But the one thing and I will say I got faith in these leaders, all of them, you know, on the Republican side, that when it comes time to voting on something that the president and other Republicans have been talking about for a long time like tax cuts, reforming the tax system, that is something that they are going to have to vote for.

KURTZ: So you don't buy the distraction argument? The idea that a lot of the media (INAUDIBLE) consumed the political sniping, less on the issues that the White House is pushing.

LOTTER: If legislation was actually done on personality and relationship, Obamacare would already been repealed because John McCain would have voted with his good friend Lindsey Graham.

KURTZ: All right. Fair point.

LOTTER: They do it on policy.

KURTZ: OK. Now, as I mentioned, you worked recently for the vice president. Do you think Mike Pence on balance has been covered fairly? Or has there been an attempt by some in the press to (INAUDIBLE) Russia story even saying he knew something or he should have known something and somehow to get him involved in that narrative?

LOTTER: Well, I think there is always this tendency to try to draw distinctions between the vice president and the president on any given issue. We saw this during the campaign, during early time in office --

KURTZ: Pence makes it hard.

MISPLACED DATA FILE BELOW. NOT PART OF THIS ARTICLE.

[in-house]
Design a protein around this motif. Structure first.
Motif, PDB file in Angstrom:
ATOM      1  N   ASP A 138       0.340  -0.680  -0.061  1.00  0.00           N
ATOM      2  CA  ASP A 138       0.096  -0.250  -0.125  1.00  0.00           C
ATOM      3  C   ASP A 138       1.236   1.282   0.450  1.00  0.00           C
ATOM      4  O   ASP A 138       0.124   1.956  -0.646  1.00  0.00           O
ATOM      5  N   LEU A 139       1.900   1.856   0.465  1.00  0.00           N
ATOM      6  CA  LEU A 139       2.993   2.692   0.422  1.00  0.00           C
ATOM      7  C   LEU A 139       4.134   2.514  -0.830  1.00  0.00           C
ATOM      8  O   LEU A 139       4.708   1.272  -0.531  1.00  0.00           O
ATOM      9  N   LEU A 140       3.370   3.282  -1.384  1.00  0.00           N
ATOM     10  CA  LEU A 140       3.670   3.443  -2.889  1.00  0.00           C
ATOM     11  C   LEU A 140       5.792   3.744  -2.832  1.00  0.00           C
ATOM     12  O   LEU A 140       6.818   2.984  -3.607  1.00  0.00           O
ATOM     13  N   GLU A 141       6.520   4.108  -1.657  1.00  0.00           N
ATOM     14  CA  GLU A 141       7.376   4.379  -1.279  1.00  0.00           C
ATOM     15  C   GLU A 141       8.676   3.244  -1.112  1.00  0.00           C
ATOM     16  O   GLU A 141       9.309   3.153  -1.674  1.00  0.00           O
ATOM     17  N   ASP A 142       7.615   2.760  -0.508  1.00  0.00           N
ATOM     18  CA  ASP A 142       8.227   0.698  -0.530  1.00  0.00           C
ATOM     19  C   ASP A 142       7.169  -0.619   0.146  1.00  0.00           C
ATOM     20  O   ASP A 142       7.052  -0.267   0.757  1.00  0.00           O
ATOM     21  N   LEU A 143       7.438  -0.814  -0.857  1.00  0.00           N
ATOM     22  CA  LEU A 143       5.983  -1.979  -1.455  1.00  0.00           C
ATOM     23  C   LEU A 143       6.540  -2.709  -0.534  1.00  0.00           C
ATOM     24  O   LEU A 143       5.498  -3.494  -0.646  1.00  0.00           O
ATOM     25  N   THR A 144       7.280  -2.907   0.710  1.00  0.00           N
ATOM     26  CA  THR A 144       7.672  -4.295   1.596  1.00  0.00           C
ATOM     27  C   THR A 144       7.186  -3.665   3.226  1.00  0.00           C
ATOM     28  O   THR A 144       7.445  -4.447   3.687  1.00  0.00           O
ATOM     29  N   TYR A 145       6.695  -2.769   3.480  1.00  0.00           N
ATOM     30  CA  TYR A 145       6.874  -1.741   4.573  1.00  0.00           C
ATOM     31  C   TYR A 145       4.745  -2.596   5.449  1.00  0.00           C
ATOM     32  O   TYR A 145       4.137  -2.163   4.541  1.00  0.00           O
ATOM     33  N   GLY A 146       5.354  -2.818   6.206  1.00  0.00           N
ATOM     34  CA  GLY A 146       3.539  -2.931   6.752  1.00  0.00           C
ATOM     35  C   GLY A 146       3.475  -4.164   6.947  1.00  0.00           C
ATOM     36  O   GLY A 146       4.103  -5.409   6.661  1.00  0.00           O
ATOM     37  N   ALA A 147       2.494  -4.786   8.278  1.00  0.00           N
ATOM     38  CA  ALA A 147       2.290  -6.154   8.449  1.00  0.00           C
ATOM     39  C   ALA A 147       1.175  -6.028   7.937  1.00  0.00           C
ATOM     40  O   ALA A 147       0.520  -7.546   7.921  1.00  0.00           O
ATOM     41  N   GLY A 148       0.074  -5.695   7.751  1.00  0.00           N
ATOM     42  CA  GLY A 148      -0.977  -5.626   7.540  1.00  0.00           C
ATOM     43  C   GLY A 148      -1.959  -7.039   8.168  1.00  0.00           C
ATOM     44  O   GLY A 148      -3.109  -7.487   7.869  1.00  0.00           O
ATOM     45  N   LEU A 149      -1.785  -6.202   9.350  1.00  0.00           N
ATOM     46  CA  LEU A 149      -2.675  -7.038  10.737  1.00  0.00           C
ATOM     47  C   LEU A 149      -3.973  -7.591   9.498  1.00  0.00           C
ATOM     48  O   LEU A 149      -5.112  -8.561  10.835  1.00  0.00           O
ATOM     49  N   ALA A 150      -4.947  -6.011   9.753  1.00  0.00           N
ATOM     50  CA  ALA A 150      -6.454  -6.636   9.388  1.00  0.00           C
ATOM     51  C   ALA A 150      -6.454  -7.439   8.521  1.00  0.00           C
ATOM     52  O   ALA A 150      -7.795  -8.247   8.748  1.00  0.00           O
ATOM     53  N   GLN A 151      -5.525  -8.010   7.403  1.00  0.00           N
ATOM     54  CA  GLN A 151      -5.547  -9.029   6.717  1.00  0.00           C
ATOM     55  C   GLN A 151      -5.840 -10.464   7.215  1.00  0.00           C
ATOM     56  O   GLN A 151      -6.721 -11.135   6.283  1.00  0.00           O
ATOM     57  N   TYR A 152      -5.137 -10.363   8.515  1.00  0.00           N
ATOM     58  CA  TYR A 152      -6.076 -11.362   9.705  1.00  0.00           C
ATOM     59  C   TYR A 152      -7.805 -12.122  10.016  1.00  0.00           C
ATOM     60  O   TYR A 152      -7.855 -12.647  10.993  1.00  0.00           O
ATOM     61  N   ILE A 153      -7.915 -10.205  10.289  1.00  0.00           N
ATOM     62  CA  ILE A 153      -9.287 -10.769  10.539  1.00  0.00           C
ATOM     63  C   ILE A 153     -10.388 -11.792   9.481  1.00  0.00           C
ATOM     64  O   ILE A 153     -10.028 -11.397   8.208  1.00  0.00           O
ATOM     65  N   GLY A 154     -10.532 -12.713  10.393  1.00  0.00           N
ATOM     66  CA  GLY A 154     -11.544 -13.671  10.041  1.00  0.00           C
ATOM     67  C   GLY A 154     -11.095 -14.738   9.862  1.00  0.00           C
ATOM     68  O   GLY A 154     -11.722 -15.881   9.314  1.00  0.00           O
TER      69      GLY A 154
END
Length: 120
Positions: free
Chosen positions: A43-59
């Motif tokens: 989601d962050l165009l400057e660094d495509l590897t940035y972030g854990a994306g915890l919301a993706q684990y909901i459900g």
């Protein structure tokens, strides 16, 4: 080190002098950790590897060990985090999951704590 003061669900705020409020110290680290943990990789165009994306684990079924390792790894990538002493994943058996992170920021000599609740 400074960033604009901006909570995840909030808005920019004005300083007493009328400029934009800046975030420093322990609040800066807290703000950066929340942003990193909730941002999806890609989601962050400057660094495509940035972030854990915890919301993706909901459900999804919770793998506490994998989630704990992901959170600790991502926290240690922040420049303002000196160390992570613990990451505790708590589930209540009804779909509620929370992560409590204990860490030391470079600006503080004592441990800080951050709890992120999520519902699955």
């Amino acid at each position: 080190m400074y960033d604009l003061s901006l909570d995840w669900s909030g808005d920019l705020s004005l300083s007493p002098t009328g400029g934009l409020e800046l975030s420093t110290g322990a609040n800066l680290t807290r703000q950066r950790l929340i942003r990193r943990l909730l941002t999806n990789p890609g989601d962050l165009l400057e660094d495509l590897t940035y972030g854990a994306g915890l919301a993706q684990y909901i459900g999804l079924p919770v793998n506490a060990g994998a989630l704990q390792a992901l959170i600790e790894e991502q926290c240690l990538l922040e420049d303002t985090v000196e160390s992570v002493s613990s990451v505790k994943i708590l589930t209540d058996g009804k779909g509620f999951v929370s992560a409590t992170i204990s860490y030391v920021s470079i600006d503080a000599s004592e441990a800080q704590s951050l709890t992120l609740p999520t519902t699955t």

LOTTER: And he makes it very difficult. But the one thing people don't really understand, I think some in the national media are actually starting to get this, the remarkably close relationship that the president and the vice president have. They are in constant communication with each other.

They become good personal friends. And what you're seeing is that the vice president is probably one of the biggest champions out there for the president's agenda. And so I think a lot of that narrative has shifted recently --

KURTZ: All right.

LOTTER: -- how do we get that moving --

KURTZ: In 10 seconds, has the president and large covered Vice President Pence fairly?

LOTTER: I think they have. There have been few instances where I would question it, but by and large, I would say yes.

KURTZ: All right. We got it on tape. Marc Lotter, great to see you.

LOTTER: Good to see you.

KURTZ: Thanks very much for coming. Ahead on "Media Buzz," the president says the press makes him look more uncivil. Is that true? But first, sexual harassment allegations have now rocked Hollywood, MSNBC, Fox News, even a 93-year-old former president. We will take a closer look, next.